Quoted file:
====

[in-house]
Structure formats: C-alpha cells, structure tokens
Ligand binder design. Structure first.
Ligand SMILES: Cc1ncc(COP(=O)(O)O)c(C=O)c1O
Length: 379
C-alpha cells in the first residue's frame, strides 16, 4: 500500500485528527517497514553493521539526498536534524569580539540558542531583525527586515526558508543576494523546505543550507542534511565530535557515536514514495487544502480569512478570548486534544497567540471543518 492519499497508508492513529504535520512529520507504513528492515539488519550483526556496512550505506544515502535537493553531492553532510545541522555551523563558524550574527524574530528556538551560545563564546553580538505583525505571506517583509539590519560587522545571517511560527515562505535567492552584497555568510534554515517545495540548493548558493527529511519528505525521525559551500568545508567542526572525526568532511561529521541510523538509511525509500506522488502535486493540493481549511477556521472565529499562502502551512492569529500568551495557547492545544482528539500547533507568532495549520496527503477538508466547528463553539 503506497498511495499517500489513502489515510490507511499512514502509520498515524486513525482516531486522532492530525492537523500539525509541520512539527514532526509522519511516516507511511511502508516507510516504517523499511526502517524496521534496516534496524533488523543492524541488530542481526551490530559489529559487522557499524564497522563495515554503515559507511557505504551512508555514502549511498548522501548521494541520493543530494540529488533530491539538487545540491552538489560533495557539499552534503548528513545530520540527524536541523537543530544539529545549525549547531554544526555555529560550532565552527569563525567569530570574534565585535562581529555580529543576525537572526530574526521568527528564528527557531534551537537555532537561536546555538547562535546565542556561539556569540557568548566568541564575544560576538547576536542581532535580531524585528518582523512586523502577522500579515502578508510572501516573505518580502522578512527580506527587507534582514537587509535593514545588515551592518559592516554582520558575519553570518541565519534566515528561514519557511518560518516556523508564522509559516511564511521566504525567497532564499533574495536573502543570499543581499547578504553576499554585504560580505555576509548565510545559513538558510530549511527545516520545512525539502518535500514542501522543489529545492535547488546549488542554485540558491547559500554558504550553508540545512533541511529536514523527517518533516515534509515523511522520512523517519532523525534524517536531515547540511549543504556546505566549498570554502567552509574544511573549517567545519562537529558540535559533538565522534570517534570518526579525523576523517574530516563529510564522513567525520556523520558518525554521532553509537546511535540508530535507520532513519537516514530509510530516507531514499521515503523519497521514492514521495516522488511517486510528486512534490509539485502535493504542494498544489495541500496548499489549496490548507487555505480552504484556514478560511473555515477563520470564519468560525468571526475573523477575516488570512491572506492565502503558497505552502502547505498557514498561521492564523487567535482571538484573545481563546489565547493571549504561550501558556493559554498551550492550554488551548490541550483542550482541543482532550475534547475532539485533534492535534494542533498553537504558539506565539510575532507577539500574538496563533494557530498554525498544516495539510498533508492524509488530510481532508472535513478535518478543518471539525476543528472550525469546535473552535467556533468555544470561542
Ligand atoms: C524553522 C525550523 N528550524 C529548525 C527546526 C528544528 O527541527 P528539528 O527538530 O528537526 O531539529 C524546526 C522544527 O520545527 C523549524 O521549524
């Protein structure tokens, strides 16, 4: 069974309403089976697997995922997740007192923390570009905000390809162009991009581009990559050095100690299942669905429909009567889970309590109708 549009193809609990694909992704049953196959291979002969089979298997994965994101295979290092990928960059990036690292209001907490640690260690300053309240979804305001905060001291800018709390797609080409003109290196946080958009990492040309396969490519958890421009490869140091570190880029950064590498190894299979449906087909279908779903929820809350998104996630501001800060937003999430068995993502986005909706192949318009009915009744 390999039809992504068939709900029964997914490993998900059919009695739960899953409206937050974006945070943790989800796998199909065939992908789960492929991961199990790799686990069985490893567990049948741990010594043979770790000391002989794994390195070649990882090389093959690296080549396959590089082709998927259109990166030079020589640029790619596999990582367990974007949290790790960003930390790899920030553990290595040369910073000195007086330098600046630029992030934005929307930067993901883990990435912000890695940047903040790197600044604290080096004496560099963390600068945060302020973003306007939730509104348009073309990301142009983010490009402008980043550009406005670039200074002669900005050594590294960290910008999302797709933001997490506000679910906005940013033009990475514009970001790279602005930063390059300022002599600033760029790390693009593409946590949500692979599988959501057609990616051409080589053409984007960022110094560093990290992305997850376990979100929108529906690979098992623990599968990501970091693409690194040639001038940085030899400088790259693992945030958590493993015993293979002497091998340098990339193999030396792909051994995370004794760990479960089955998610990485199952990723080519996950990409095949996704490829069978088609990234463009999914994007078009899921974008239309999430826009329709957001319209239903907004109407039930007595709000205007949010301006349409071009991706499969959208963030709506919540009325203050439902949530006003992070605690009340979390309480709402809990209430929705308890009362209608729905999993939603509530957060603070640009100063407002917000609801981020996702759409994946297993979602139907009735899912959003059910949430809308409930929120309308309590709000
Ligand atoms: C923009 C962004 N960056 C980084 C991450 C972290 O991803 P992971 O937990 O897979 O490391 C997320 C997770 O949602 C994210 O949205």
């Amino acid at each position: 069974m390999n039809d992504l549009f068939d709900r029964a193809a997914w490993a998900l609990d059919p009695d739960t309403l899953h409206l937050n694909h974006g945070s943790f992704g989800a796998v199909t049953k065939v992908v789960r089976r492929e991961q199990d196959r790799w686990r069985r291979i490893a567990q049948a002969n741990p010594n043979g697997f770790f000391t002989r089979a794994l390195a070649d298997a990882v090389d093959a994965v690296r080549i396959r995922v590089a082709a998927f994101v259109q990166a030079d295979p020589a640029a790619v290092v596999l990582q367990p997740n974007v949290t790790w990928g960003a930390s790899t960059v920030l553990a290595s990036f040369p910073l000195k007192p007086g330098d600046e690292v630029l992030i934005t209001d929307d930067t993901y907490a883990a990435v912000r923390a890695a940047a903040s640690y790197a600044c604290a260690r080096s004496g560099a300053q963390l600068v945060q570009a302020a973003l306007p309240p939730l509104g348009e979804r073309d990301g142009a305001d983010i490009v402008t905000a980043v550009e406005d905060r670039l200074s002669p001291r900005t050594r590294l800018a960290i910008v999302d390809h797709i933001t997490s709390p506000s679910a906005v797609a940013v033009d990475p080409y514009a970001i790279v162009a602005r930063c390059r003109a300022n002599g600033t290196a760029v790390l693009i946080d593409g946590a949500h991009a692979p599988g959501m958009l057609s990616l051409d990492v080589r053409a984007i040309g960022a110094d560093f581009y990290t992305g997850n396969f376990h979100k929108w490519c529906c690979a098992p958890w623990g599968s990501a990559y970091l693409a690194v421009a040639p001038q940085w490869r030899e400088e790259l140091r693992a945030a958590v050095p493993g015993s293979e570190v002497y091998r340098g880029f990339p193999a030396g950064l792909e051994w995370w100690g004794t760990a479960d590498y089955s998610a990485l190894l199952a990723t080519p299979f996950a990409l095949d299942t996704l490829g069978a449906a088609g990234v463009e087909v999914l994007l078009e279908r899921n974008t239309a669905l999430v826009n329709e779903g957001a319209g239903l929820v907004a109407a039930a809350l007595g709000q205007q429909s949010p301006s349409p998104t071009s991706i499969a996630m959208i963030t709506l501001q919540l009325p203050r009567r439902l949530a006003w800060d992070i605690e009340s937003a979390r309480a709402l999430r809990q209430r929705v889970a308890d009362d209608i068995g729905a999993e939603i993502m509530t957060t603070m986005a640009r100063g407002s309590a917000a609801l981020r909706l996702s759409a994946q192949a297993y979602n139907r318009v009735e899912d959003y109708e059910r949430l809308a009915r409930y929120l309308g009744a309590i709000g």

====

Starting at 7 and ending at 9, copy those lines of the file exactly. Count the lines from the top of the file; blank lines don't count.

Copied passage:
Ligand atoms: C524553522 C525550523 N528550524 C529548525 C527546526 C528544528 O527541527 P528539528 O527538530 O528537526 O531539529 C524546526 C522544527 O520545527 C523549524 O521549524
């Protein structure tokens, strides 16, 4: 069974309403089976697997995922997740007192923390570009905000390809162009991009581009990559050095100690299942669905429909009567889970309590109708 549009193809609990694909992704049953196959291979002969089979298997994965994101295979290092990928960059990036690292209001907490640690260690300053309240979804305001905060001291800018709390797609080409003109290196946080958009990492040309396969490519958890421009490869140091570190880029950064590498190894299979449906087909279908779903929820809350998104996630501001800060937003999430068995993502986005909706192949318009009915009744 390999039809992504068939709900029964997914490993998900059919009695739960899953409206937050974006945070943790989800796998199909065939992908789960492929991961199990790799686990069985490893567990049948741990010594043979770790000391002989794994390195070649990882090389093959690296080549396959590089082709998927259109990166030079020589640029790619596999990582367990974007949290790790960003930390790899920030553990290595040369910073000195007086330098600046630029992030934005929307930067993901883990990435912000890695940047903040790197600044604290080096004496560099963390600068945060302020973003306007939730509104348009073309990301142009983010490009402008980043550009406005670039200074002669900005050594590294960290910008999302797709933001997490506000679910906005940013033009990475514009970001790279602005930063390059300022002599600033760029790390693009593409946590949500692979599988959501057609990616051409080589053409984007960022110094560093990290992305997850376990979100929108529906690979098992623990599968990501970091693409690194040639001038940085030899400088790259693992945030958590493993015993293979002497091998340098990339193999030396792909051994995370004794760990479960089955998610990485199952990723080519996950990409095949996704490829069978088609990234463009999914994007078009899921974008239309999430826009329709957001319209239903907004109407039930007595709000205007949010301006349409071009991706499969959208963030709506919540009325203050439902949530006003992070605690009340979390309480709402809990209430929705308890009362209608729905999993939603509530957060603070640009100063407002917000609801981020996702759409994946297993979602139907009735899912959003059910949430809308409930929120309308309590709000
Ligand atoms: C923009 C962004 N960056 C980084 C991450 C972290 O991803 P992971 O937990 O897979 O490391 C997320 C997770 O949602 C994210 O949205």